About a quarter of those who would not recommend their current banks said this was the main reason why. And with RBS executives sharing a £785 million bonus pool despite the bank, which is 82% publicly owned, making a loss of £2 billion last year, it's not hard to see why.
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With this is a so-called 'buffer zone' where banks cannot inflict charges for exceeding an overdraft. But there's no limit on the number or amount in charges a bank can charge.
Amongst the recent rash of Bank of England figures there was evidence too of credit being staunched to UK SMEs - lending slipped by £3.2bn in March. The Guardian says it now stands at a level "3.5% lower than a year ago."
Meanwhile Defaqto estimates that the average interest rate paid on a £1,000 balance by UK instant/easy access accounts available this year has varied from 1.21% up to its current 1.25%.
Even worse, according to Defaqto, 22% of easy access accounts pay interest of 0.10% or less on a £1,000 balance.
Beware the small print
Overdraft interest rates to top 20%?
It is reasonable to assume that if you take out a mobile phone contract at £30 a month for 24 months that's exactly what you'll pay unless you exceed the tariff. Yet mobile phone providers have come under fire for a snag buried in the small print – a clause to allow mid-contract price rises.
Prices are rising by a median of 81p a month and 70% of consumers are completely unaware off this sneaky move, according to Tesco Mobile, so be sure to check any new contracts before you sign the dotted line.
Financial service providers always refer to 'typical APR' in advertising to attract customers with favourable rates of interest.
Yet the typical APR on loans and credit cards is only available for those applicants who have a squeaky clean credit record, everyone else could end up with a much higher rate. For example, under EU rules, credit card providers only have to provide the typical APR advertised to 51% of applicants.
So always consider this when applying for accounts and products, and if approved – look out the actual APR that you will be charged.
The highest paying savings accounts on the market tend to come with a string of strict terms, which if you fall foul of, result in a drop in interest. Common requirements include paying in a set sum each month and not making withdrawals during a set period.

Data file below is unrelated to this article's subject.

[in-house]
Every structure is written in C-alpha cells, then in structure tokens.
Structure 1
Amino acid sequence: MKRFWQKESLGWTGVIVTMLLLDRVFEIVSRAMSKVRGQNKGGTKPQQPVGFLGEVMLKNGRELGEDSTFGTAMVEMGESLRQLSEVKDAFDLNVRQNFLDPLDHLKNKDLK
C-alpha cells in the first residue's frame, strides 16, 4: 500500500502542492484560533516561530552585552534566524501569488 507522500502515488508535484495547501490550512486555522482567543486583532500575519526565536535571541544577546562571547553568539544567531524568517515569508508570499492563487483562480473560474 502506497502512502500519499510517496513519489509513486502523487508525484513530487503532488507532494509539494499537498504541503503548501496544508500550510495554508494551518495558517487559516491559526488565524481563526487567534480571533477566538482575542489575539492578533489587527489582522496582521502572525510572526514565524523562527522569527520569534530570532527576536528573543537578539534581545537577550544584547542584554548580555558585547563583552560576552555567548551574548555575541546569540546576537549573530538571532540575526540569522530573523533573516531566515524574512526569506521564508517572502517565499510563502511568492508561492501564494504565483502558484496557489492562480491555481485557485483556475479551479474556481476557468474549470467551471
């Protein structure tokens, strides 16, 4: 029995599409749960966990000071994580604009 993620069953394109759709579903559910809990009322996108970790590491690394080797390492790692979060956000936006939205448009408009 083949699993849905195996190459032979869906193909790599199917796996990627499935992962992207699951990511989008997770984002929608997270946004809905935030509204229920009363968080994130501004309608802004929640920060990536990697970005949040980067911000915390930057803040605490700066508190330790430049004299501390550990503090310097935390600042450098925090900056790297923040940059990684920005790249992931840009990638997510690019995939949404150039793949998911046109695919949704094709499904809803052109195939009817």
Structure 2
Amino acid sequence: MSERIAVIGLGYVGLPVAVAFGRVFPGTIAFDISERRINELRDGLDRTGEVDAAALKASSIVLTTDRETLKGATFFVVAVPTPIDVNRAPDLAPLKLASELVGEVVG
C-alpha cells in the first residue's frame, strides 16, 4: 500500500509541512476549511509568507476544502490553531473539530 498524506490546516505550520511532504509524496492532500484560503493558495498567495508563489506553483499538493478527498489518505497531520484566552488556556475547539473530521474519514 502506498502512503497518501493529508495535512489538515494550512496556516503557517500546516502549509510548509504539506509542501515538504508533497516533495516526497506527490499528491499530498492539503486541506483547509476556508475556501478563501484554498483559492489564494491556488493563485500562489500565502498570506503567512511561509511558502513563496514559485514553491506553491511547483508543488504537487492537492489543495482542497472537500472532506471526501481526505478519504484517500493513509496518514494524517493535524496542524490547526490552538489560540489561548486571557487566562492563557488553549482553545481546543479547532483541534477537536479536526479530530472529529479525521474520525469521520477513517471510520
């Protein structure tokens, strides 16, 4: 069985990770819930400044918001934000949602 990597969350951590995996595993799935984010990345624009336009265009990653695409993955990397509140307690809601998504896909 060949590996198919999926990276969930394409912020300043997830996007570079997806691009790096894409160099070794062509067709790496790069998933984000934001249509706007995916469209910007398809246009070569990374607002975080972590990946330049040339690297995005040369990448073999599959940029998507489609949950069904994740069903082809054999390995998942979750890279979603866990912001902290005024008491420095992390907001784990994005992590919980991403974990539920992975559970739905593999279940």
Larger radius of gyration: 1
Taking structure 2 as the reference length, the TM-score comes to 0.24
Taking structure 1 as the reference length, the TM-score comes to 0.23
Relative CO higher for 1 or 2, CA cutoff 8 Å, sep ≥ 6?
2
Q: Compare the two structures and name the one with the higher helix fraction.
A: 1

Make sure to fully understand these terms before opening a savings account and if you choose an account with a six or 12 month bonus, remember that this will plummet when the bonus period ends.
Cashback credit cards that pay you a small percentage each time you spend on the card are full of loopholes in the small print. All have a maximum spend, but many have a minimum spend too.
For example, the Sainsbury's Cashback Low Rate card advertises that it offers users 5% cashback for the first three months. However the 5% cashback is capped at £50 a month. A further 5% cashback is subject to you spending £500 a month on the card (£250 of that at Sainsbury's).
Attempt to repay your mortgage early and you may be greeted with a hefty fee in the form of an early repayment charge. These penalties vary from lender to lender and even deal to deal, but are typically be around 10% of the outstanding balance.
Details of any early repayment charges should be clearly outlined in your mortgage contract but it is worth double-checking with your lender before you try to make a payment.
Insurance is an incredibly complex area of personal finance and different forms of cover are riddled with different hitches that make it crucial to read the small print. Failure to do so could lead you to pay for a product you would be never be able to claim upon, or unknowingly do something that invalidates your claim.
Always buy the right level of cover for your needs and pay close attention to any exclusions in the policy wording. For example, many travel insurance policies for winter sports won't pay out for treatment of injuries incurred while under the influence of alcohol.
Think a credit card can't do any damage at home in your drawer? Think again. Some credit and store cards charge a dormancy fee if you don't use them regularly.
For example, all Santander-issued store cards, including Topshop and Laura Ashley cards among others, charge a fee of £10 if you remain in debit for three consecutive months.
Exceed the monthly usage allowance in your broadband deal and you could be hit with a huge fee. Common with the cheapest broadband deals on the market, penalty charges for going over your contracted limit can push your bills up even higher than if you paid for a deal with unlimited usage.
According to Talk Talk, some households are being forced to pay an additional £40 per month for exceeding their usage allowance. BT for example, charges £5 per every 5GB extra used.
Familiarise yourself with the download limit in your package and the penalties for exceeding it, decide whether you are better off with an unlimited deal.